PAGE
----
input methods for navigation will have to suit this technology
The display resolution of multimedia may be need to be adjusted to suit different
display devices

Education
and
training

Leisure and
entertainm
ent

Multimedia systems should enhance education and training


inside homes, schools, university and industry
Learning management systems (LMS) may be used by schools,
university and industry to manage access to learning resources
Online games can enable users to simulate an activity, allowing
practice in a safe environment and the use of a various media
types
Examples include flight simulators and typing tutors
Mainly game-based systems such as RPG and MMORPG
Computer games provide a high level of interactivity for the
user as the responses of the user determine the game being

play
Some multimedia systems focus entirely on displaying media
such as YouTube, podcasting, online radio and other streaming
services

Information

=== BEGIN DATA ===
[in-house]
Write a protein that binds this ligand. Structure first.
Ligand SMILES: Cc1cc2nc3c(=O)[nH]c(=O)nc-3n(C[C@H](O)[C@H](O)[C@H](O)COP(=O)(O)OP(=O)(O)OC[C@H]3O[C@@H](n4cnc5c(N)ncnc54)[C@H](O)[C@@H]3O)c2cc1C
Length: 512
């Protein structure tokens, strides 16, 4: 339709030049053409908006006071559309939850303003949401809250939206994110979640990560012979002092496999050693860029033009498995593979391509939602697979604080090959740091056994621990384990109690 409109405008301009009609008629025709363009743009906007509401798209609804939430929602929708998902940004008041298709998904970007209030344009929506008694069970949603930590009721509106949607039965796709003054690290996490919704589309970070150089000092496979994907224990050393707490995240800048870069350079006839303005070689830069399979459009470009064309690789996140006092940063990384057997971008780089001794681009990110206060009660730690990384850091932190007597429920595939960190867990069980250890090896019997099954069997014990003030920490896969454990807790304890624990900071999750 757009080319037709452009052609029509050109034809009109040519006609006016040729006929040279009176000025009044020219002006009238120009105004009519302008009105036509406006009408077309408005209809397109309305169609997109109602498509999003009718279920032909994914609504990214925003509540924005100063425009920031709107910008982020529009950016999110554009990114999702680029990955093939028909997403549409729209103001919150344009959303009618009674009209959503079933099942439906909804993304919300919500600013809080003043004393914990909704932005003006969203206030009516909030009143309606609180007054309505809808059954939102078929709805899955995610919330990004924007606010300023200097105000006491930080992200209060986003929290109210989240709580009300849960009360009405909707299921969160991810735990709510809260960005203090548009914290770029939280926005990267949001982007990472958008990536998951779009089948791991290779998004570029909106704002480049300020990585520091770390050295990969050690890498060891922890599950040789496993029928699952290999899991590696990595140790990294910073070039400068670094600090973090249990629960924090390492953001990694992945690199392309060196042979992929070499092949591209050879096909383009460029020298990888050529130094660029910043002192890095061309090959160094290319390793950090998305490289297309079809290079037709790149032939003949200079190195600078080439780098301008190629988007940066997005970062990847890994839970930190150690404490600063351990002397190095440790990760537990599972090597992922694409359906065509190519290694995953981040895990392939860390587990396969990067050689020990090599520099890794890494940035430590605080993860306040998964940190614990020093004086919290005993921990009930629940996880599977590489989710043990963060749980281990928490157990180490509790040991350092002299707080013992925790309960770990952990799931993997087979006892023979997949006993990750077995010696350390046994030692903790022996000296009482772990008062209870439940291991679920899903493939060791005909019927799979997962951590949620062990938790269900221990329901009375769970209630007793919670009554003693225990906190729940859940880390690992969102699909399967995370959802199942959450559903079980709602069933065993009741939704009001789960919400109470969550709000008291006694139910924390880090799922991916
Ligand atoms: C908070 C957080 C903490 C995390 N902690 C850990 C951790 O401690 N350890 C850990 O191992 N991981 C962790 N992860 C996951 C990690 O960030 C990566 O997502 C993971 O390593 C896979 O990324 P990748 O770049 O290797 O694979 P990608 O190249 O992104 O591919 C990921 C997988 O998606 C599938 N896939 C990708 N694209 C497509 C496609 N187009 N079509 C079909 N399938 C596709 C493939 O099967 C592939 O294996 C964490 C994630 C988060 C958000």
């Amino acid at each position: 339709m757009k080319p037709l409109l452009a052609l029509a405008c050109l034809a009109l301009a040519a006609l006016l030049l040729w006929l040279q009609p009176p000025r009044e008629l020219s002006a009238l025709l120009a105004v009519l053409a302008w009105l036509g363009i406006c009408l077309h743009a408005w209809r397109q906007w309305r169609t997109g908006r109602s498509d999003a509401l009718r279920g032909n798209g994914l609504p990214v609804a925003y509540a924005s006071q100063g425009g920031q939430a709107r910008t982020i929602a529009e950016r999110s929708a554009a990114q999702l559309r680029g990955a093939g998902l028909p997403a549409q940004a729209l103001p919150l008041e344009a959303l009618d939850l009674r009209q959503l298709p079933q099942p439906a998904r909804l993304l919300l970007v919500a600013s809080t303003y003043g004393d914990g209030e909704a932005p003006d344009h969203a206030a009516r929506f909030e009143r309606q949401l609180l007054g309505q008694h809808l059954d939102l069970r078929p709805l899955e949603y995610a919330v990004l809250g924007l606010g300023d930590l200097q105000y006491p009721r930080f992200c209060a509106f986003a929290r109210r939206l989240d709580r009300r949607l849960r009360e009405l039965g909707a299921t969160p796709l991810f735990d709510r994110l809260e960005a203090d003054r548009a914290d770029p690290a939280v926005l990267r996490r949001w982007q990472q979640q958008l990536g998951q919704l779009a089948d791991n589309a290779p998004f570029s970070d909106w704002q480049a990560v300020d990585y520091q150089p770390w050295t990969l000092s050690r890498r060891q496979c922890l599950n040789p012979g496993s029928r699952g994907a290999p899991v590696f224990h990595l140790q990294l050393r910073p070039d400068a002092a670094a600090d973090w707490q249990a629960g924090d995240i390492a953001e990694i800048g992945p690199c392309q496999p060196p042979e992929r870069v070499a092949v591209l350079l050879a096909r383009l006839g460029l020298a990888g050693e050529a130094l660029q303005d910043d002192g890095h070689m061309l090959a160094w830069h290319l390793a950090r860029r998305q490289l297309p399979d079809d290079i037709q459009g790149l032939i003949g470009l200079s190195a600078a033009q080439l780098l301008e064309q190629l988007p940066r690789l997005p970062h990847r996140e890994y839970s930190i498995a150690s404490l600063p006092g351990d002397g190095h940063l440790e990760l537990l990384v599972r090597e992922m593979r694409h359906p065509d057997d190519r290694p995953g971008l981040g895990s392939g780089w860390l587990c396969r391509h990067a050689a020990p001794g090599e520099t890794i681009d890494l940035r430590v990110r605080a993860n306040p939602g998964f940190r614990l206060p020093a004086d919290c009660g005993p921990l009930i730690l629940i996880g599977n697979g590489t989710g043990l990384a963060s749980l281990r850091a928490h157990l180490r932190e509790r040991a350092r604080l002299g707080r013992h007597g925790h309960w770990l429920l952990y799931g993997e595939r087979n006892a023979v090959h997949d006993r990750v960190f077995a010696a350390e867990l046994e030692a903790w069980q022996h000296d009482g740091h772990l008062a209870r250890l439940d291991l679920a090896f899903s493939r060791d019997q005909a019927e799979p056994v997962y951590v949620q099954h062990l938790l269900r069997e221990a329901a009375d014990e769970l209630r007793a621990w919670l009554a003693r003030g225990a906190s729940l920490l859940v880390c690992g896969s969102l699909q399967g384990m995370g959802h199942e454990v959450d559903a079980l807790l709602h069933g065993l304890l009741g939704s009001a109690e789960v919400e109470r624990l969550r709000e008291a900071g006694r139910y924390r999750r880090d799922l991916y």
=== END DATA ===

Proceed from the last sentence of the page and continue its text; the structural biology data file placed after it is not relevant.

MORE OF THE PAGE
provision

Virtual
reality and
simulations

Media types that facilitate the delivery of information


They provide users with an easy way to display information; the
user controls when, how and what information will be displayed
Examples include information kiosks, brochures and
encyclopaedias (interactive)
Virtual reality (VR) is the use of computer modelling and
simulation to enable a person to interact with an artificial
environment
Interactive system focusses on simulating aspects of the real
world
Creates a realistic imitation of the real world environment such
as virtual tours
A simulation is the use of a model

Advances in technology
advances in technology which are